A 43,900-year-old Cave Painting in Sulawesi, Indonesia is the Oldest Hunting Story Depicted

Archaeologist Maxime Aubert, from Griffith University and his colleagues have published, in Nature, the discovery of the oldest depicted hunting story. The cave painting is thought to be 43,900 years old. It was made by prehistoric people on the island of Sulawesi. The painting is about 4.5 meter or 14.8 feet in length and about... Continue Reading →

The Neanderthal Cultural Significance Of A Decorated Crimean Raven Bone

In the last decade or so, we have illuminated Neanderthals demonstrated complex culture, such as the burial in Shanidar, were interior decorators of Bruniquel, were playing complex bone  instruments in Germany, and the jewelry from Krapina and examples in France. Which prompted mainstream media sources like the NY Times to ask just how human Neanderthals are, as... Continue Reading →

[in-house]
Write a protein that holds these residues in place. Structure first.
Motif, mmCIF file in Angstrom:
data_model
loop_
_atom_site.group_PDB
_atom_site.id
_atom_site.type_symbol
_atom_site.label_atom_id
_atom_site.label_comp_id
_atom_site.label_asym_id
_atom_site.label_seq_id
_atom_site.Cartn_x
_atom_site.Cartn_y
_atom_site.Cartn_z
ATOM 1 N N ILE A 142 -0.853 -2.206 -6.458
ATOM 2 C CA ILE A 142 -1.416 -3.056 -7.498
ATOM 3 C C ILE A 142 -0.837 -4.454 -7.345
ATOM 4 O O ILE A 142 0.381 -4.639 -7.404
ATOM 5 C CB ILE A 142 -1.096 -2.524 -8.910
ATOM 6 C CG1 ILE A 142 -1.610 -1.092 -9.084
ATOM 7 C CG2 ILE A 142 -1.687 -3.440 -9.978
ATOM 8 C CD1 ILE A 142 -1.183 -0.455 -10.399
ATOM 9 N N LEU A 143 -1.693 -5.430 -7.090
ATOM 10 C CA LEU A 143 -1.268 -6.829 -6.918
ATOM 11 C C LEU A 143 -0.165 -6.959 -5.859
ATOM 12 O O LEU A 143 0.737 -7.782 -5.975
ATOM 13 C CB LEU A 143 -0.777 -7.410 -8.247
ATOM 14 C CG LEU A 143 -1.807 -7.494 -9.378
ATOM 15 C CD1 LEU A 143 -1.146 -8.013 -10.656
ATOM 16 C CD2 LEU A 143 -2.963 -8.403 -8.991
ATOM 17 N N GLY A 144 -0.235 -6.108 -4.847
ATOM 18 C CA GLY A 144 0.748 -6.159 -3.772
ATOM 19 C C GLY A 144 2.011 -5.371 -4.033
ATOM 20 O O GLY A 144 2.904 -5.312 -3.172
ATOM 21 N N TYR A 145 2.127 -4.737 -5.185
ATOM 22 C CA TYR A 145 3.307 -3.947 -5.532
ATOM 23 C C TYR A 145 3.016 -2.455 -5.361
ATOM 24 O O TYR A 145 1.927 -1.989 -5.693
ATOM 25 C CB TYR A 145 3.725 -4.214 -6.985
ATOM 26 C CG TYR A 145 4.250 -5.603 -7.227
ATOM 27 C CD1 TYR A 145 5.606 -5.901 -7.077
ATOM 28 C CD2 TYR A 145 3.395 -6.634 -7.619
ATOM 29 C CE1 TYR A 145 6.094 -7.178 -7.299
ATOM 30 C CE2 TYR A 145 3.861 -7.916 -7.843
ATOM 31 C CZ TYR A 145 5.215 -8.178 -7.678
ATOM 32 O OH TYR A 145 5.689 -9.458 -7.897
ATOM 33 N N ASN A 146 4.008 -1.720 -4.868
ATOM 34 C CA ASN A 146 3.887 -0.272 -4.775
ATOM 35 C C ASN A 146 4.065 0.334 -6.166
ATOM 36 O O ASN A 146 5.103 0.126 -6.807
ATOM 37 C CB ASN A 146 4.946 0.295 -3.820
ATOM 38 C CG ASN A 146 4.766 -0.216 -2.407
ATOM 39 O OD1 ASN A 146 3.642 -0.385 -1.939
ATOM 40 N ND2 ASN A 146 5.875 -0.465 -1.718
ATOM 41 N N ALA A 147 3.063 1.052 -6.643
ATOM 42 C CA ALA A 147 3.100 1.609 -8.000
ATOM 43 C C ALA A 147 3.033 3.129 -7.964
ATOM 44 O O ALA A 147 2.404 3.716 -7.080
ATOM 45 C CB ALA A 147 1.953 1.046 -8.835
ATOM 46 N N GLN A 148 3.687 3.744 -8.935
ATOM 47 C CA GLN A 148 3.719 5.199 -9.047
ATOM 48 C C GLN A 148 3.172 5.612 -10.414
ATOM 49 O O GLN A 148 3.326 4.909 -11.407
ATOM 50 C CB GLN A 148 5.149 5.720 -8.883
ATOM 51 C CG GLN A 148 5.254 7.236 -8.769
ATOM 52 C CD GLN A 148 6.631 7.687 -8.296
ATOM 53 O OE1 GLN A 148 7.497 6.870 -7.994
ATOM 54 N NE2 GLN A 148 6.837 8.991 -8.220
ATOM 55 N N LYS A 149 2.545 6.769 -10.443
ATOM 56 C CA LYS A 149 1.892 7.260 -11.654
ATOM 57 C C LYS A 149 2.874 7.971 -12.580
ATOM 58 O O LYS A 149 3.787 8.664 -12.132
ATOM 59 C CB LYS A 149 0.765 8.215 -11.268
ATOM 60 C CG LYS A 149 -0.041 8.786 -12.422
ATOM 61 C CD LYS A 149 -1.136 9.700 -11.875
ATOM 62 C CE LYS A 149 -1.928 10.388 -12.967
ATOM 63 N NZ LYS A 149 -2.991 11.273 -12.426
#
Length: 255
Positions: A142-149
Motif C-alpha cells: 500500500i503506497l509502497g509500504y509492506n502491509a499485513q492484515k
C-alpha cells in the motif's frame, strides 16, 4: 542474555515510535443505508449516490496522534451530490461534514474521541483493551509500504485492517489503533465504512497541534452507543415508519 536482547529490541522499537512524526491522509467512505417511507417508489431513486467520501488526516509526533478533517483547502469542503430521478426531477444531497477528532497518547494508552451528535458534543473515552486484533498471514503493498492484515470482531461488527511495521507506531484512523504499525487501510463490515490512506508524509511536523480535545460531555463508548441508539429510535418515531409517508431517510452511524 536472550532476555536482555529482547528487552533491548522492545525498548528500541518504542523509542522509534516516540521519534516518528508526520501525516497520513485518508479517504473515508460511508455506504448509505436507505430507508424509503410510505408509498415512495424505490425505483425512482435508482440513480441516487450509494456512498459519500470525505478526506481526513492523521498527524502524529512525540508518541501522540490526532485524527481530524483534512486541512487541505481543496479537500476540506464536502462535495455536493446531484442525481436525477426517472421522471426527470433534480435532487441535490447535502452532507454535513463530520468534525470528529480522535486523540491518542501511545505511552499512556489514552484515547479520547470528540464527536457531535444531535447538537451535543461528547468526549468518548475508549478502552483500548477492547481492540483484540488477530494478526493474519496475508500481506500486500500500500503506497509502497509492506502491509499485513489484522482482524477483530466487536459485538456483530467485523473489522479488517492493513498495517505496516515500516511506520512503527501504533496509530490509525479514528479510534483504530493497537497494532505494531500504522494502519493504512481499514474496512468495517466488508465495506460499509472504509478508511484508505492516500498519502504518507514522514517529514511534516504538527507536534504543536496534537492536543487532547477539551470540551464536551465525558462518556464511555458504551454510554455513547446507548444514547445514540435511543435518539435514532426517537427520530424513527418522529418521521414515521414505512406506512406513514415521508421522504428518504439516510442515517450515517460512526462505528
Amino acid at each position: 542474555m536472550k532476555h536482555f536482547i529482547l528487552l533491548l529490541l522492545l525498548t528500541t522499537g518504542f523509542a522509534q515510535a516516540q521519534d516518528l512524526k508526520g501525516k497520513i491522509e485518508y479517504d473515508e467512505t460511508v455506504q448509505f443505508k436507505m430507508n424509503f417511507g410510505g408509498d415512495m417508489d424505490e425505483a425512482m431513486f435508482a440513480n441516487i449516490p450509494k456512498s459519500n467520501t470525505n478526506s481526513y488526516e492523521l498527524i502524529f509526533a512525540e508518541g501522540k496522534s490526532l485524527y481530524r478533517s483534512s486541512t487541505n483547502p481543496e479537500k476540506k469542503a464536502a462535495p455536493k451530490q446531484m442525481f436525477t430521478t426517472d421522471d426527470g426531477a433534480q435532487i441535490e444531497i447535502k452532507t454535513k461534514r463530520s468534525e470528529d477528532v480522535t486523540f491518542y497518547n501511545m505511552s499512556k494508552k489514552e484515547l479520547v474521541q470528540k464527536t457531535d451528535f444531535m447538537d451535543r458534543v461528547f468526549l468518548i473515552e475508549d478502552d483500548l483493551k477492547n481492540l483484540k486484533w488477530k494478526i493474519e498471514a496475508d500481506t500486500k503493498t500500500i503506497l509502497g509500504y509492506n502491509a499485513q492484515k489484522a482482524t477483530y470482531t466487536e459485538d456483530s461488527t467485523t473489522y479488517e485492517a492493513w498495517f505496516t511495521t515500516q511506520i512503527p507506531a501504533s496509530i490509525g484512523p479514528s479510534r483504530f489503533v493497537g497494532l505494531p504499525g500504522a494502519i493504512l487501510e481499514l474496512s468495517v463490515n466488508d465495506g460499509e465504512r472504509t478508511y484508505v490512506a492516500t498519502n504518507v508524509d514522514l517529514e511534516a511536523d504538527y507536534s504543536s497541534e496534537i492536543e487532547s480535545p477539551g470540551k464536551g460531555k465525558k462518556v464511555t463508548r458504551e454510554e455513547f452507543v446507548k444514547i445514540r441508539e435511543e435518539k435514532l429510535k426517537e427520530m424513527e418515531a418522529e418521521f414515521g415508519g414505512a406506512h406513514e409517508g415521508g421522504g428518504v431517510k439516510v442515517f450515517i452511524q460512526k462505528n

A team of French geologists and paleontologists and led by Jean-Michel Geneste, published in PLoS One that they believe that they have identified the oldest known images of erupting volcanoes, daubed in red and white pigments over other cave paintings in south-eastern France cave site, Chauvet, around 36,000 years ago. The curiously abstract images were first found... Continue Reading →

A study published in the American Journal of Physical Anthropology has for the first time analysed the fragments of three individuals found between '67 and '80 at the French site, Marillac, dating back 57,600 years ago. These are an incomplete diaphysis of a right radius, another of a left fibula and the majority of a right... Continue Reading →

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